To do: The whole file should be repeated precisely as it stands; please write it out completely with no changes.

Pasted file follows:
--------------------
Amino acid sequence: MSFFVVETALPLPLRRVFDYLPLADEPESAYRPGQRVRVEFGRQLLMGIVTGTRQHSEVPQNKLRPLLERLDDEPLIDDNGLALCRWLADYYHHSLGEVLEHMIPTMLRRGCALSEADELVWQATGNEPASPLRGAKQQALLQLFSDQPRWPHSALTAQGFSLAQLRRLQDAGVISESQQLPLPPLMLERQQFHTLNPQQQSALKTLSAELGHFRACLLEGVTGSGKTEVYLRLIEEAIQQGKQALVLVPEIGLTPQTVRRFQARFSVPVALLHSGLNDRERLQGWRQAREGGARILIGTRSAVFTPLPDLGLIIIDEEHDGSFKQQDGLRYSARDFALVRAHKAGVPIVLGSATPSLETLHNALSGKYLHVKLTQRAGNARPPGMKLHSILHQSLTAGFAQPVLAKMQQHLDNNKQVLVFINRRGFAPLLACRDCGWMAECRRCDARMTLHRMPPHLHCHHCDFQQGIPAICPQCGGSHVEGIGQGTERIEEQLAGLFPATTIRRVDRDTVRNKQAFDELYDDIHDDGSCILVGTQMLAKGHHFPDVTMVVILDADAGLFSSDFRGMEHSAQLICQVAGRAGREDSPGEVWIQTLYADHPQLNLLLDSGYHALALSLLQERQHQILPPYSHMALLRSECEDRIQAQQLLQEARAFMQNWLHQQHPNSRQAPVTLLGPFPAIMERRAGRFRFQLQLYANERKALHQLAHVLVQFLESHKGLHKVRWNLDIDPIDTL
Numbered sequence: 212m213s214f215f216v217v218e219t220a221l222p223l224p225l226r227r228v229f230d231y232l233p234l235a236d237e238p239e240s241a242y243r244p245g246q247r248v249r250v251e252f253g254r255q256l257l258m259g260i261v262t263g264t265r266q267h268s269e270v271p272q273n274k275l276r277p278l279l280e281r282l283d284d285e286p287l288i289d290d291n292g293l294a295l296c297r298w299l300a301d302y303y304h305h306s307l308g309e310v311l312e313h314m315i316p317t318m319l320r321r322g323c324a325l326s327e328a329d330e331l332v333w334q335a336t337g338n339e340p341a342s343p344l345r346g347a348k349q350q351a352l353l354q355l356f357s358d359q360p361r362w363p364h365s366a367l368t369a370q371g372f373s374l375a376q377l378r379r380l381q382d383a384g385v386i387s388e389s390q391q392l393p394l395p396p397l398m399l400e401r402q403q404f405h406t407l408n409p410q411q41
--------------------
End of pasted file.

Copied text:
Amino acid sequence: MSFFVVETALPLPLRRVFDYLPLADEPESAYRPGQRVRVEFGRQLLMGIVTGTRQHSEVPQNKLRPLLERLDDEPLIDDNGLALCRWLADYYHHSLGEVLEHMIPTMLRRGCALSEADELVWQATGNEPASPLRGAKQQALLQLFSDQPRWPHSALTAQGFSLAQLRRLQDAGVISESQQLPLPPLMLERQQFHTLNPQQQSALKTLSAELGHFRACLLEGVTGSGKTEVYLRLIEEAIQQGKQALVLVPEIGLTPQTVRRFQARFSVPVALLHSGLNDRERLQGWRQAREGGARILIGTRSAVFTPLPDLGLIIIDEEHDGSFKQQDGLRYSARDFALVRAHKAGVPIVLGSATPSLETLHNALSGKYLHVKLTQRAGNARPPGMKLHSILHQSLTAGFAQPVLAKMQQHLDNNKQVLVFINRRGFAPLLACRDCGWMAECRRCDARMTLHRMPPHLHCHHCDFQQGIPAICPQCGGSHVEGIGQGTERIEEQLAGLFPATTIRRVDRDTVRNKQAFDELYDDIHDDGSCILVGTQMLAKGHHFPDVTMVVILDADAGLFSSDFRGMEHSAQLICQVAGRAGREDSPGEVWIQTLYADHPQLNLLLDSGYHALALSLLQERQHQILPPYSHMALLRSECEDRIQAQQLLQEARAFMQNWLHQQHPNSRQAPVTLLGPFPAIMERRAGRFRFQLQLYANERKALHQLAHVLVQFLESHKGLHKVRWNLDIDPIDTL
Numbered sequence: 212m213s214f215f216v217v218e219t220a221l222p223l224p225l226r227r228v229f230d231y232l233p234l235a236d237e238p239e240s241a242y243r244p245g246q247r248v249r250v251e252f253g254r255q256l257l258m259g260i261v262t263g264t265r266q267h268s269e270v271p272q273n274k275l276r277p278l279l280e281r282l283d284d285e286p287l288i289d290d291n292g293l294a295l296c297r298w299l300a301d302y303y304h305h306s307l308g309e310v311l312e313h314m315i316p317t318m319l320r321r322g323c324a325l326s327e328a329d330e331l332v333w334q335a336t337g338n339e340p341a342s343p344l345r346g347a348k349q350q351a352l353l354q355l356f357s358d359q360p361r362w363p364h365s366a367l368t369a370q371g372f373s374l375a376q377l378r379r380l381q382d383a384g385v386i387s388e389s390q391q392l393p394l395p396p397l398m399l400e401r402q403q404f405h406t407l408n409p410q411q41